Civil Lawsuit – The Civil Litigation Process Explained

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A civil lawsuit, also known as civil litigation, is one with a non-criminal status. Simply put, civil litigation is a legal dispute between two or more parties that typically seeks economic damages or specific performance, rather than criminal sanctions.

Civil claims arise out of disputes between two or more legal entities such as people, companies, governments, etc. One of the most common types of cases heard in civil court is personal injury cases. Other civil cases include breach of contract or complaints against a municipality itself.

A lawsuit can be a confusing and intimidating time. But understanding the civil litigation process and procedures is essential in moving forward with a case. Whether you are a plaintiff (the person bringing the lawsuit) or a defendant (the person being sued), a broad overview of the procedure in a lawsuit may help lower the confusion.

Continue reading to learn the necessary steps in these types of cases.


What Is Civil Litigation

Civil litigation is a term used to refer to a specific type of litigation where the dispute is between private parties and the remedies sought in general are monetary damages or specific performance. This is different from criminal litigation since criminal litigation is litigation brought by the state against an individual and typically results in jail or prison time.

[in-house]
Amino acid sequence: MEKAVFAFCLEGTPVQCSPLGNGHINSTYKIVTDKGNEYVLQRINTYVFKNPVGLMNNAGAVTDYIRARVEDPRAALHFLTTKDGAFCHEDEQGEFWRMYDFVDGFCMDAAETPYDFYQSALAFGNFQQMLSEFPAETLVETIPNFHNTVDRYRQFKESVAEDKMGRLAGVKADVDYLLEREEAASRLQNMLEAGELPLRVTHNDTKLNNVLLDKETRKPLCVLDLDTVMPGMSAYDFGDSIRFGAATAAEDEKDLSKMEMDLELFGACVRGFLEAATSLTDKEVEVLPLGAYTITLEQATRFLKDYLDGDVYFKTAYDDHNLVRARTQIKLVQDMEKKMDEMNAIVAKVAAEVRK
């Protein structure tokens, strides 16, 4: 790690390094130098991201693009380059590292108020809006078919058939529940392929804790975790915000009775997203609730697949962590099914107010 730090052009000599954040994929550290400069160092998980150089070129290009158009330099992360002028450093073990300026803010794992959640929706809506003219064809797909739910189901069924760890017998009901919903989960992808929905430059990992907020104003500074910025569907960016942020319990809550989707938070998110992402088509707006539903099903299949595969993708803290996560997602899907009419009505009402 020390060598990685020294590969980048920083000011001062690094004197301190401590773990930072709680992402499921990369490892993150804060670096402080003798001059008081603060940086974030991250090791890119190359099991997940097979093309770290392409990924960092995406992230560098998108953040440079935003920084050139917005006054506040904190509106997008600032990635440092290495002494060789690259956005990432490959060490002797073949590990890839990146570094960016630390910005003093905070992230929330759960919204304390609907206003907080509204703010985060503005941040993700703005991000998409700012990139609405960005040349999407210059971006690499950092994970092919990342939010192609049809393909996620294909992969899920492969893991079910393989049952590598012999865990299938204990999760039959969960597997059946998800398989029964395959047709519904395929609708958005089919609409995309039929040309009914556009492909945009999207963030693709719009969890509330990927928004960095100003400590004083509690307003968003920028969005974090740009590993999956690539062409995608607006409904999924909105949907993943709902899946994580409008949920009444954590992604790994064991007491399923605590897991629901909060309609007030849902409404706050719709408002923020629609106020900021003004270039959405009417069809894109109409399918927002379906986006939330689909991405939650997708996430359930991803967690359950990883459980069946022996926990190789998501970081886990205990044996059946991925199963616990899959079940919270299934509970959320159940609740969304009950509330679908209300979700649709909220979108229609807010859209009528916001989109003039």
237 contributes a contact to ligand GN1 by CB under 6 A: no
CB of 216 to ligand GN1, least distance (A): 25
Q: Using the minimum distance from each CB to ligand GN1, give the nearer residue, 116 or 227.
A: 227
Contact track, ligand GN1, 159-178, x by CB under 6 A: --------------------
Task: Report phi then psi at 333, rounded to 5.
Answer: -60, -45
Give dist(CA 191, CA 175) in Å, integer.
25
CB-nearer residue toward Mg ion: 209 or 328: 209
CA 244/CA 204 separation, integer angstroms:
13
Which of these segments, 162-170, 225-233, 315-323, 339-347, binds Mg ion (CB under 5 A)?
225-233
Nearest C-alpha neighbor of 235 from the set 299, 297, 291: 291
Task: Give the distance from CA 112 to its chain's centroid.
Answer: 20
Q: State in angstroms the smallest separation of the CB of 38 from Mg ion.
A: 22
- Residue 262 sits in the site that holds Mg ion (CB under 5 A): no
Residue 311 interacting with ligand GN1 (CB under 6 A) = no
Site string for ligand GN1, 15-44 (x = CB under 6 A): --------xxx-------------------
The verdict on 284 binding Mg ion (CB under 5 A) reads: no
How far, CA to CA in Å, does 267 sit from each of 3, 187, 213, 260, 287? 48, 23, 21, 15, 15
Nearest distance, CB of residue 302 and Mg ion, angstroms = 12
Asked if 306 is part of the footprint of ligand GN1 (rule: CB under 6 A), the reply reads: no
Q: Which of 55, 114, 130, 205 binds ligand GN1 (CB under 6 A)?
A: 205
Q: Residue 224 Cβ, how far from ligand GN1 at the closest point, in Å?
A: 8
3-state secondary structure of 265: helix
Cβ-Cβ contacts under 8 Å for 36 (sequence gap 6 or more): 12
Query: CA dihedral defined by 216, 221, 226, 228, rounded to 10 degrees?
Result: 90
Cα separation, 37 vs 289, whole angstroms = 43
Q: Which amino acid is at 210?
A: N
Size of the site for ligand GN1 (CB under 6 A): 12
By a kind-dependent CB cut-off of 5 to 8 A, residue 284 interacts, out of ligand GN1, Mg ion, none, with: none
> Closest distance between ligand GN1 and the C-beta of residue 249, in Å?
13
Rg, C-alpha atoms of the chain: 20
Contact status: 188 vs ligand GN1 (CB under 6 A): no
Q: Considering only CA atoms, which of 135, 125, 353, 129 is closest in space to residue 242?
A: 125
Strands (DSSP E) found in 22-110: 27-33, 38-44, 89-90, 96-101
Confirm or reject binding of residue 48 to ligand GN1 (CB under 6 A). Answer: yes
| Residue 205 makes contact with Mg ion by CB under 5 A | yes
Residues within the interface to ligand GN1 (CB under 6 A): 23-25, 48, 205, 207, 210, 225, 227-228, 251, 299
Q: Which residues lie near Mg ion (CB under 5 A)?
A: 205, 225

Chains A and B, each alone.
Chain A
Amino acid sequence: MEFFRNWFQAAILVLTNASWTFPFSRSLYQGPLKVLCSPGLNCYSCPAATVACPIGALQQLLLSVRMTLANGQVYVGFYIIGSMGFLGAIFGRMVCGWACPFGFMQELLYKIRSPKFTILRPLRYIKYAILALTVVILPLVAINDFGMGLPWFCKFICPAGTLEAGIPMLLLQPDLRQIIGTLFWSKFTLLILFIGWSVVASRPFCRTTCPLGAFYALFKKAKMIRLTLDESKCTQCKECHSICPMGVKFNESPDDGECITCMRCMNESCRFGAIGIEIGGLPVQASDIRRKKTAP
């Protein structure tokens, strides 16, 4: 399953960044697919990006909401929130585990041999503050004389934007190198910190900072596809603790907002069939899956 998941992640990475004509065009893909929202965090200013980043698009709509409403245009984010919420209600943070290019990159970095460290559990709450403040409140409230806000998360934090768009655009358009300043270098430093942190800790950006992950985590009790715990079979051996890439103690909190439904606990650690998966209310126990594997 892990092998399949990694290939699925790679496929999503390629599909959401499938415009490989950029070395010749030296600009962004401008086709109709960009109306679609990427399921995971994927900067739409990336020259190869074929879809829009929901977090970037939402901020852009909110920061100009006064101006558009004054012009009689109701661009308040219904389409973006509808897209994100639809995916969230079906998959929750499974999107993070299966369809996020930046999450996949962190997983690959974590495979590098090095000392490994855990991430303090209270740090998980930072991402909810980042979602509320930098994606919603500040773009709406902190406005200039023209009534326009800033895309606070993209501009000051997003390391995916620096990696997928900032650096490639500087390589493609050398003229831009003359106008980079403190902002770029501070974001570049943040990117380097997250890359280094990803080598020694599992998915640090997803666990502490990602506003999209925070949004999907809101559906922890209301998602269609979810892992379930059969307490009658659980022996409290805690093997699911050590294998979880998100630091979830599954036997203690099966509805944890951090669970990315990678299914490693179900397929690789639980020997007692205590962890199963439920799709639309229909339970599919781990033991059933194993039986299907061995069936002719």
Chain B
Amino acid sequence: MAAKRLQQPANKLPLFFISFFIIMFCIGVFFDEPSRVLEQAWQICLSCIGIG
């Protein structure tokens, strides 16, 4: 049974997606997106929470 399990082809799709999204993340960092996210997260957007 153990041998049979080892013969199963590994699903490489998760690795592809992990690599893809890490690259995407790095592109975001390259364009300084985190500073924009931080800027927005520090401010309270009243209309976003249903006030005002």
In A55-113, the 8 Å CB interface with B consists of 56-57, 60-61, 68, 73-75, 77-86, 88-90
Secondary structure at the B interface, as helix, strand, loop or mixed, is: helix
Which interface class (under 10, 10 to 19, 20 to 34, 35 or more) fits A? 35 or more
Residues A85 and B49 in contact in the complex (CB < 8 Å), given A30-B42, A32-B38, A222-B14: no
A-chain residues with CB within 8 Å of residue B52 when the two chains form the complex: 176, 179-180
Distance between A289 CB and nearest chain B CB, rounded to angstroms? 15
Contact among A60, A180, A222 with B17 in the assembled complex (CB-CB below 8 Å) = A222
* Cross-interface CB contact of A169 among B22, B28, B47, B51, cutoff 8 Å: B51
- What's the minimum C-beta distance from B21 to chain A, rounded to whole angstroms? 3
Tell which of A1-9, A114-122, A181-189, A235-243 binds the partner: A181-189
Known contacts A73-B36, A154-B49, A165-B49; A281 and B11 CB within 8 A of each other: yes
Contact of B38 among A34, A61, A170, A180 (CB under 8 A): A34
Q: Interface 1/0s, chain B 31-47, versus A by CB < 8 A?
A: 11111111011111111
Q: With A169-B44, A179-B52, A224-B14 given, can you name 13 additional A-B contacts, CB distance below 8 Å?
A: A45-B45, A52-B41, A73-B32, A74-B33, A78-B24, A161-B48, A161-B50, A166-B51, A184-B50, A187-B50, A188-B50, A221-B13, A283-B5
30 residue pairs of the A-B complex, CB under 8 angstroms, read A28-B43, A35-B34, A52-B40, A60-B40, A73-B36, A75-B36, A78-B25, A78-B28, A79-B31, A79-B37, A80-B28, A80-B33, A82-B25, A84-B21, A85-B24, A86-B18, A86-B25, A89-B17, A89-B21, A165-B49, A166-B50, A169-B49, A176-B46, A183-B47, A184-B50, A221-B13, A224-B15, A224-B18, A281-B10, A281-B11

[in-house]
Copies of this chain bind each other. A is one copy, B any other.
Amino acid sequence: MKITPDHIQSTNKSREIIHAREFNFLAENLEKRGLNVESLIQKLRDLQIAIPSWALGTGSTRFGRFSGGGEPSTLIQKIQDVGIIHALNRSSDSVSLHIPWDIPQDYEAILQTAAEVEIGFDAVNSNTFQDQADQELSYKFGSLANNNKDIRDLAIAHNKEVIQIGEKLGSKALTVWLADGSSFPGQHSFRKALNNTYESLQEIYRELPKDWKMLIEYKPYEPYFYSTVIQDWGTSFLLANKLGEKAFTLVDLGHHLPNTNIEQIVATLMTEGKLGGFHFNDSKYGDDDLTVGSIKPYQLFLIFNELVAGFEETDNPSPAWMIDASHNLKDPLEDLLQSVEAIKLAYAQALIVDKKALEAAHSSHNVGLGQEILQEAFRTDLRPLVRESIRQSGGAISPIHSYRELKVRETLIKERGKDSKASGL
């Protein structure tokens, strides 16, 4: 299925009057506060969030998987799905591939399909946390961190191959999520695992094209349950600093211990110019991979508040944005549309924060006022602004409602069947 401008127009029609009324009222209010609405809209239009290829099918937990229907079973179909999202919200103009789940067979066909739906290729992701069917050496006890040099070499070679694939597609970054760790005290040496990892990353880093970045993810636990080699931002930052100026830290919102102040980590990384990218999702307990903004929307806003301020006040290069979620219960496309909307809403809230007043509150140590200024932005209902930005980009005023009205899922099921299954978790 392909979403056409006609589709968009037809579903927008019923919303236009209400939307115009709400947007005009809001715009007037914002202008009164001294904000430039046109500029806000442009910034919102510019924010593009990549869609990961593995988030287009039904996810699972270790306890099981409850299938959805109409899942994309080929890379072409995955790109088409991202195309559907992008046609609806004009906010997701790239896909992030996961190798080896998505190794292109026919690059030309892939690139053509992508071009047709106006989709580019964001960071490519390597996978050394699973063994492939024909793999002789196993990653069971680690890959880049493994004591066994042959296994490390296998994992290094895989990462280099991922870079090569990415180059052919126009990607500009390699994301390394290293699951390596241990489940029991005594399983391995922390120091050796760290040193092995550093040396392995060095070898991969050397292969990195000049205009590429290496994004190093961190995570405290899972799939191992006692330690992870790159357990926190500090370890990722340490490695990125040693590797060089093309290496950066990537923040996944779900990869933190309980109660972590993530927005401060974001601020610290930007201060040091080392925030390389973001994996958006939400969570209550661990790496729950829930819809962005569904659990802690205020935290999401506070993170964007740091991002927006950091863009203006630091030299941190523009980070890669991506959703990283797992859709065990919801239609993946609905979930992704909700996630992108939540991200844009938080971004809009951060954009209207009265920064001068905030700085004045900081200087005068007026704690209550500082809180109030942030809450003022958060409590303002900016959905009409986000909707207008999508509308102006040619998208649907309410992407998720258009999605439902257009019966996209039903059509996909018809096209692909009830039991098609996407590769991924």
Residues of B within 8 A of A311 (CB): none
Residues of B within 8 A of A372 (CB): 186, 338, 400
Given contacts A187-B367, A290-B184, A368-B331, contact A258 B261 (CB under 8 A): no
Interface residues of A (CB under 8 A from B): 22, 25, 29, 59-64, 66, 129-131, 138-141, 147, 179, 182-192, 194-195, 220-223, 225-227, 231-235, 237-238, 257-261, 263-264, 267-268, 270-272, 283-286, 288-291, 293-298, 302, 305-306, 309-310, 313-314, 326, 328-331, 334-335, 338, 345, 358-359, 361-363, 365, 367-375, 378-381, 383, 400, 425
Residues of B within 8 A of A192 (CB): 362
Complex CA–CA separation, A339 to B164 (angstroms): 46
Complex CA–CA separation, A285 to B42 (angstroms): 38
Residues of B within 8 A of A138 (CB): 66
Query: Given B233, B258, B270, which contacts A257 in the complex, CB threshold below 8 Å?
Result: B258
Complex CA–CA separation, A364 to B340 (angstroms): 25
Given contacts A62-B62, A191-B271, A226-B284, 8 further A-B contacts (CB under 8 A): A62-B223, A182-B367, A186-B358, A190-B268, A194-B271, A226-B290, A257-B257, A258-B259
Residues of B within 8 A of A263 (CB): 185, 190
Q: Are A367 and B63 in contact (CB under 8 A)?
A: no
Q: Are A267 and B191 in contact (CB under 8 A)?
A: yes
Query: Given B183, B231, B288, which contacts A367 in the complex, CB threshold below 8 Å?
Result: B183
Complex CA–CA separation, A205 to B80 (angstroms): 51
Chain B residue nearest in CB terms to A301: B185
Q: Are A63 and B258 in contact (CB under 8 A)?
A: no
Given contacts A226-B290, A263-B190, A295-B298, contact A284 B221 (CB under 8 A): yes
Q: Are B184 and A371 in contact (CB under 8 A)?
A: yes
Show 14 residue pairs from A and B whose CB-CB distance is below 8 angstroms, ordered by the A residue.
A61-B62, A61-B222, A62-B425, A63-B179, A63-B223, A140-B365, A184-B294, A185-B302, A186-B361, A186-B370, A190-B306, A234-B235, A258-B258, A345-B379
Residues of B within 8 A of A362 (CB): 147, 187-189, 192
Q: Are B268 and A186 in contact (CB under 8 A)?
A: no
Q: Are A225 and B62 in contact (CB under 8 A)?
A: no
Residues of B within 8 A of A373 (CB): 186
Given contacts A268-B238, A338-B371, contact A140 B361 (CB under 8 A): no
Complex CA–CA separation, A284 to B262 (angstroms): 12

The term “litigation” refers to the entire journey a person or company goes through in investigating a potential cause of action, filing a lawsuit, going through legal proceedings, getting a judgment, appealing, and finally enforcing the judgment.

Now, to say “civil” litigation, the idea is to involve individuals, groups of people, people and businesses, or other entities. A civil lawsuit can range from a small claim, such as a minor car accident, to major multidistrict litigation over a dangerous medication that involves thousands of people.


Determining Jurisdiction

Jurisdiction of courts is among the first things students learn in law school, and yet questions continuously arise over whether a court has the power to decide certain cases or enter judgments against a person or a business. In its most basic form, jurisdiction is the legal authority granted to a court to hear cases and make decisions and judgments. A court cannot rule on a case unless it has jurisdiction over the subject matter and the persons involved, making determining jurisdiction an important aspect of civil lawsuits.